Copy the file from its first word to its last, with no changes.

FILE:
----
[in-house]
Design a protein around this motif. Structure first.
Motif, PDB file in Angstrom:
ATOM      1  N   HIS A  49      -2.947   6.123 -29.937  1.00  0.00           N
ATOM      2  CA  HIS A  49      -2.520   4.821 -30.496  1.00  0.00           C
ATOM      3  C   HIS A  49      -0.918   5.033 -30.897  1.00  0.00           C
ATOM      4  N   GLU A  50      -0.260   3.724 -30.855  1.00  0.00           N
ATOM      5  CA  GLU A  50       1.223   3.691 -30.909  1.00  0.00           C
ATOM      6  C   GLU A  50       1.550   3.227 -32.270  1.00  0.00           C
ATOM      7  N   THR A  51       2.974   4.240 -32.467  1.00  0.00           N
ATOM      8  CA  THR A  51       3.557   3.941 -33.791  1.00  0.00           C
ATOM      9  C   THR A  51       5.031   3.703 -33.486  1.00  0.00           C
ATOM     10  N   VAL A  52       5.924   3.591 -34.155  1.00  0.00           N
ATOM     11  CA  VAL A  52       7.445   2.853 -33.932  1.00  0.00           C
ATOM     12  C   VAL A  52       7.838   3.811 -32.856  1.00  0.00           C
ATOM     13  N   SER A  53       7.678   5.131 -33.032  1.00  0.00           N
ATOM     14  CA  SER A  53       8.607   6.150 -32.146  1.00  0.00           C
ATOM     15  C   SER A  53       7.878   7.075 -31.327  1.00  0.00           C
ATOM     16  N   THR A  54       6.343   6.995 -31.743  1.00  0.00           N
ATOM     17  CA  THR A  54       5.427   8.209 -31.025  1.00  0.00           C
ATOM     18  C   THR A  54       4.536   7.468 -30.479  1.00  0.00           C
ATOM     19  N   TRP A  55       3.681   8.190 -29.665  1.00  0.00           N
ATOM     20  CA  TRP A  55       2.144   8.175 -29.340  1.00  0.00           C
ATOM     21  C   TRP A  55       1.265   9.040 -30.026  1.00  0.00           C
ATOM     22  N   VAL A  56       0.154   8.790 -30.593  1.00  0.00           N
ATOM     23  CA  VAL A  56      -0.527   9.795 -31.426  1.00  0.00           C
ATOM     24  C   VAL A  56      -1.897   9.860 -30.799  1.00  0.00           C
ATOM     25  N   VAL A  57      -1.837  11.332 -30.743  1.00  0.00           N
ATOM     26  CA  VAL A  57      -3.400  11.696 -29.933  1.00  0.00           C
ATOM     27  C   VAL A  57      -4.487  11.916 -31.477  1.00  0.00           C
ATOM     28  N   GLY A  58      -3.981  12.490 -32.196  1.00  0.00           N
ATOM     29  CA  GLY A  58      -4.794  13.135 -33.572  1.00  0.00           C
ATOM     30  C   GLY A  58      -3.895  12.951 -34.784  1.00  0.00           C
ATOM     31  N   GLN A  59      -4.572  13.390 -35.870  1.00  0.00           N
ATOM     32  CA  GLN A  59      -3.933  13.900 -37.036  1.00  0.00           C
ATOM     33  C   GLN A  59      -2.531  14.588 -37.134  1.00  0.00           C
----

[in-house]
Design a protein around this motif. Structure first.
Motif, PDB file in Angstrom:
ATOM      1  N   HIS A  49      -2.947   6.123 -29.937  1.00  0.00           N
ATOM      2  CA  HIS A  49      -2.520   4.821 -30.496  1.00  0.00           C
ATOM      3  C   HIS A  49      -0.918   5.033 -30.897  1.00  0.00           C
ATOM      4  N   GLU A  50      -0.260   3.724 -30.855  1.00  0.00           N
ATOM      5  CA  GLU A  50       1.223   3.691 -30.909  1.00  0.00           C
ATOM      6  C   GLU A  50       1.550   3.227 -32.270  1.00  0.00           C
ATOM      7  N   THR A  51       2.974   4.240 -32.467  1.00  0.00           N
ATOM      8  CA  THR A  51       3.557   3.941 -33.791  1.00  0.00           C
ATOM      9  C   THR A  51       5.031   3.703 -33.486  1.00  0.00           C
ATOM     10  N   VAL A  52       5.924   3.591 -34.155  1.00  0.00           N
ATOM     11  CA  VAL A  52       7.445   2.853 -33.932  1.00  0.00           C
ATOM     12  C   VAL A  52       7.838   3.811 -32.856  1.00  0.00           C
ATOM     13  N   SER A  53       7.678   5.131 -33.032  1.00  0.00           N
ATOM     14  CA  SER A  53       8.607   6.150 -32.146  1.00  0.00           C
ATOM     15  C   SER A  53       7.878   7.075 -31.327  1.00  0.00           C
ATOM     16  N   THR A  54       6.343   6.995 -31.743  1.00  0.00           N
ATOM     17  CA  THR A  54       5.427   8.209 -31.025  1.00  0.00           C
ATOM     18  C   THR A  54       4.536   7.468 -30.479  1.00  0.00           C
ATOM     19  N   TRP A  55       3.681   8.190 -29.665  1.00  0.00           N
ATOM     20  CA  TRP A  55       2.144   8.175 -29.340  1.00  0.00           C
ATOM     21  C   TRP A  55       1.265   9.040 -30.026  1.00  0.00           C
ATOM     22  N   VAL A  56       0.154   8.790 -30.593  1.00  0.00           N
ATOM     23  CA  VAL A  56      -0.527   9.795 -31.426  1.00  0.00           C
ATOM     24  C   VAL A  56      -1.897   9.860 -30.799  1.00  0.00           C
ATOM     25  N   VAL A  57      -1.837  11.332 -30.743  1.00  0.00           N
ATOM     26  CA  VAL A  57      -3.400  11.696 -29.933  1.00  0.00           C
ATOM     27  C   VAL A  57      -4.487  11.916 -31.477  1.00  0.00           C
ATOM     28  N   GLY A  58      -3.981  12.490 -32.196  1.00  0.00           N
ATOM     29  CA  GLY A  58      -4.794  13.135 -33.572  1.00  0.00           C
ATOM     30  C   GLY A  58      -3.895  12.951 -34.784  1.00  0.00           C
ATOM     31  N   GLN A  59      -4.572  13.390 -35.870  1.00  0.00           N
ATOM     32  CA  GLN A  59      -3.933  13.900 -37.036  1.00  0.00           C
ATOM     33  C   GLN A  59      -2.531  14.588 -37.134  1.00  0.00           C